"If there are schools out there that want something like an after-school activity that's new, that's different, we provide that for them. And the great part is we provide everything -- the instructors and coaches, all the golf clubs that are sized for elementary students, we provide insurance for each kid and we provide all the marketing, too. The school district doesn't have to do anything."
TGA will also offer six introductory camps in the summer at Mt. Lebanon Municipal Golf Course, beginning June 23 and running through August 8. Full-day ($325) and half-day ($189) camps that include instruction, playing and lunch are available. Students must be entering kindergarten or no older than fifth-grade completion.
Deadline for registration is May 28. Go online at www.mattkluckgolf.com or email firstname.lastname@example.org or call 724-875-2415.
Brandel Chamblee of the Golf Channel on whether Adam Scott should have an asterisk next to his name if he supplants an injured Tiger Woods as the No. 1 player in the world: "Since 2011, Tiger Woods and Adam Scott have gone head-to-head 10 times in major championships. Adam Scott has won eight of those battles. If he ascends to No. 1, there is no need for an asterisk."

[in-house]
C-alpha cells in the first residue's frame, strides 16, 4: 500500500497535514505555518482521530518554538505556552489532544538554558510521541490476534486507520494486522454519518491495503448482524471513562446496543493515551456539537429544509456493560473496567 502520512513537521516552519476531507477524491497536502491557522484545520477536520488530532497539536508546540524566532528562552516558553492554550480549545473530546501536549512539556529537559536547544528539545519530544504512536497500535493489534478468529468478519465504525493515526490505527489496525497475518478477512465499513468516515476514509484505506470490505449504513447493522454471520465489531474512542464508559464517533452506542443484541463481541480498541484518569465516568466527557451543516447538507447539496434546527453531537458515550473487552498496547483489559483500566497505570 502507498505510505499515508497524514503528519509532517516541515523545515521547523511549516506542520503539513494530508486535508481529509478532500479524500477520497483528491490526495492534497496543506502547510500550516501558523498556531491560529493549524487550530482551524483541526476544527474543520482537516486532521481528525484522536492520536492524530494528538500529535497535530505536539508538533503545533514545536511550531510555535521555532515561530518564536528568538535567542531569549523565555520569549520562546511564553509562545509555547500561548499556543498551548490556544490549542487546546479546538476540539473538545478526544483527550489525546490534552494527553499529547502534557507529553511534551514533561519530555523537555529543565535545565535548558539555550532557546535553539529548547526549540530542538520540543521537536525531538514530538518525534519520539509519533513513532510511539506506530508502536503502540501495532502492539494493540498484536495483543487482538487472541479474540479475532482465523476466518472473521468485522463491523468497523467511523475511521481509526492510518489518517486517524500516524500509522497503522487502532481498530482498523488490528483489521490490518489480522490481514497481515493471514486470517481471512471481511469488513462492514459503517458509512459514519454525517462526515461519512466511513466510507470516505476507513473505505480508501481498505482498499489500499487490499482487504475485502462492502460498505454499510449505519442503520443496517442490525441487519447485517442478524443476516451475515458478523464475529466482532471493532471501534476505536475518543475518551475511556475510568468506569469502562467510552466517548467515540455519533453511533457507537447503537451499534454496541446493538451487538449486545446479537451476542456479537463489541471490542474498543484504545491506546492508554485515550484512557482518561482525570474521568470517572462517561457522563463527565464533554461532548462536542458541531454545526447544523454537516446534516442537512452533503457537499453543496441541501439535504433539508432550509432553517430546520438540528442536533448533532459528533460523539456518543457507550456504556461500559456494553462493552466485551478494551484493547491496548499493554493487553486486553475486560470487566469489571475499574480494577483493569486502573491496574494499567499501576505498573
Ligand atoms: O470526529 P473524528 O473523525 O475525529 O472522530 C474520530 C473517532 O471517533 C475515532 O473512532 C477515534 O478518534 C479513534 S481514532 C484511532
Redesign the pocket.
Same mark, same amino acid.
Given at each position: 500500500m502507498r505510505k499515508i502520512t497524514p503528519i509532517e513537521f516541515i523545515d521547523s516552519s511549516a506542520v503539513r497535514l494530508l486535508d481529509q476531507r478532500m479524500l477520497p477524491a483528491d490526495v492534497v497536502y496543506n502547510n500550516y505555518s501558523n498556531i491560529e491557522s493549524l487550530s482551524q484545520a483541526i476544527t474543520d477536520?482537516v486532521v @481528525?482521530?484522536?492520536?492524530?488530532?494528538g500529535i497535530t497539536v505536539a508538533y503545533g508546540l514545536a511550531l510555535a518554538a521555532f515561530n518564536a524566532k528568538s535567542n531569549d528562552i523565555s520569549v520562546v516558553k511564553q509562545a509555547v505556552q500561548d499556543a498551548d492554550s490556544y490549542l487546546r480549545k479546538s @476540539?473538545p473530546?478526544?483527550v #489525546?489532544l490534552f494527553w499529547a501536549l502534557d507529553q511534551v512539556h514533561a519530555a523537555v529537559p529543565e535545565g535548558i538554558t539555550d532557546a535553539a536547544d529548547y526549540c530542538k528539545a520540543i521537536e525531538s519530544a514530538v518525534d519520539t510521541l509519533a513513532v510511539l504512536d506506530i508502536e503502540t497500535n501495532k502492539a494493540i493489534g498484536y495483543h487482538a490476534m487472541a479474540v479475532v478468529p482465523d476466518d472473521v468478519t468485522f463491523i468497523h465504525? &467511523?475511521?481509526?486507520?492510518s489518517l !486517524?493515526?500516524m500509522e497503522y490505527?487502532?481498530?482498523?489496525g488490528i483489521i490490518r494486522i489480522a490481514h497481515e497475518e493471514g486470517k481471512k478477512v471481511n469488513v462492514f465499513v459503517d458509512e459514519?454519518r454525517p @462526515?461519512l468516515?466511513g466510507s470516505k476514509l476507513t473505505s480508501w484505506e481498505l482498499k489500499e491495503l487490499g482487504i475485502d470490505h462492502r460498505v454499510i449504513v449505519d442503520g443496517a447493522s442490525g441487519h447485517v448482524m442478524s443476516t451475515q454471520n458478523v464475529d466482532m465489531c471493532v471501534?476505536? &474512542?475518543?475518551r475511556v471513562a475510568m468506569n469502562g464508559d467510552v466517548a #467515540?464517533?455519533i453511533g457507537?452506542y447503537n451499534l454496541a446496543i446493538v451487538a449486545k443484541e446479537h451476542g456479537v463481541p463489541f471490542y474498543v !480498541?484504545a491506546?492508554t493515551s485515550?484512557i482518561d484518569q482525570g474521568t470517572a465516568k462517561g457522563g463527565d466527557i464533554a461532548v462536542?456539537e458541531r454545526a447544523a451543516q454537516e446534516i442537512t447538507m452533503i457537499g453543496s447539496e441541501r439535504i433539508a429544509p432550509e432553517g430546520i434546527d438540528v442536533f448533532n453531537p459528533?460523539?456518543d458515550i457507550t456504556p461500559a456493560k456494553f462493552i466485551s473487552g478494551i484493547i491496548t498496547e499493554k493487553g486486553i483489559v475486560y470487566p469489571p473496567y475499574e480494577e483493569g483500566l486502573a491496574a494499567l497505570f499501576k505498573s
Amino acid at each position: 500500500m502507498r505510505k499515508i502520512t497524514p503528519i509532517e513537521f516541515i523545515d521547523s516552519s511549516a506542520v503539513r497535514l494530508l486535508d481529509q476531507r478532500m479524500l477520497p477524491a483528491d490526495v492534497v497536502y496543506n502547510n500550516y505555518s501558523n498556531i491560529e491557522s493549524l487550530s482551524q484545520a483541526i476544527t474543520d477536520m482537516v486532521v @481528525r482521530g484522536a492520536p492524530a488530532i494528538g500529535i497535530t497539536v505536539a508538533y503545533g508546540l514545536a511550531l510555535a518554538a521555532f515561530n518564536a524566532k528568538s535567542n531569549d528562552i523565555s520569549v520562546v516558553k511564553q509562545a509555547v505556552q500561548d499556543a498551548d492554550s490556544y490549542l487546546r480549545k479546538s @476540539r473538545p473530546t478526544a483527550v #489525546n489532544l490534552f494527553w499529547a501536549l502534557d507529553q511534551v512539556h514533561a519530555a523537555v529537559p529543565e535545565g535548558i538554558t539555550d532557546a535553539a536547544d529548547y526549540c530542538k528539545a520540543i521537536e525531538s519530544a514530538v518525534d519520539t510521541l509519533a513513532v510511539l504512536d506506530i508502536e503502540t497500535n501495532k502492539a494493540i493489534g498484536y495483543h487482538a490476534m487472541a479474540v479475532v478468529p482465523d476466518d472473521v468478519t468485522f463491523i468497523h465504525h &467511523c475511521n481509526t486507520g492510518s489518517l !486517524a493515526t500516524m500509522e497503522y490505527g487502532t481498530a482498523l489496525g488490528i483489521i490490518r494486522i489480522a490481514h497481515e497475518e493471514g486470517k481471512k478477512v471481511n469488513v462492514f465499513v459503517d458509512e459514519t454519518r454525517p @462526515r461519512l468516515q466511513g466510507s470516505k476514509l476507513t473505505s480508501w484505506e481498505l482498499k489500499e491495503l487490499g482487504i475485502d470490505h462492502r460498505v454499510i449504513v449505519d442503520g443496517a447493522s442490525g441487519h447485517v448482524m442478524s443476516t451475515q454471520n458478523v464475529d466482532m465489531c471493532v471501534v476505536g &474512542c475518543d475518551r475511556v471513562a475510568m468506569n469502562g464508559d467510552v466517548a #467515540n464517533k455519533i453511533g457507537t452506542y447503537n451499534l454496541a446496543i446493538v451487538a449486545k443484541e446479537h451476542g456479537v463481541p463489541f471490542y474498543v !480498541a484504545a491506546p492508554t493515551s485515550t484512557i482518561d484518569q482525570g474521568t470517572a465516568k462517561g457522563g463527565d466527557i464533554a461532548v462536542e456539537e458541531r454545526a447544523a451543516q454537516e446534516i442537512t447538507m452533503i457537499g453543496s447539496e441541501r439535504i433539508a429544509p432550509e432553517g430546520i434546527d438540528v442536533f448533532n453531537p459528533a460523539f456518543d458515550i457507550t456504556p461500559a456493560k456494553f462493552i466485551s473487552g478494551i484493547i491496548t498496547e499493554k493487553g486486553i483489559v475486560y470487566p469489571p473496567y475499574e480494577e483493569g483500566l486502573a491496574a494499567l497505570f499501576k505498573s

Dissa and data
■ PGA professional Carmen Costa has been named director of instruction at Frosty Valley Golf Links in Upper St Clair.
■ Point Park University qualified for the NAIA national championships for the second year in a row. The tournament begins Tuesday at LPGA International in Daytona Beach, Fla.
Davis Love III, who has 20 PGA Tour victories, leads all active players with 30 second-place finishes on tour.
Gerry Dulac: email@example.com; twitter: @gerrydulac. Listen to "The Golf Show with Gerry Dulac" every Thursday 6-7:30 p.m. on 970 ESPN.
To report inappropriate comments, abuse and/or repeat offenders, please send an email to
firstname.lastname@example.org and include a link to the article and a copy of the comment. Your report will be reviewed in a timely manner.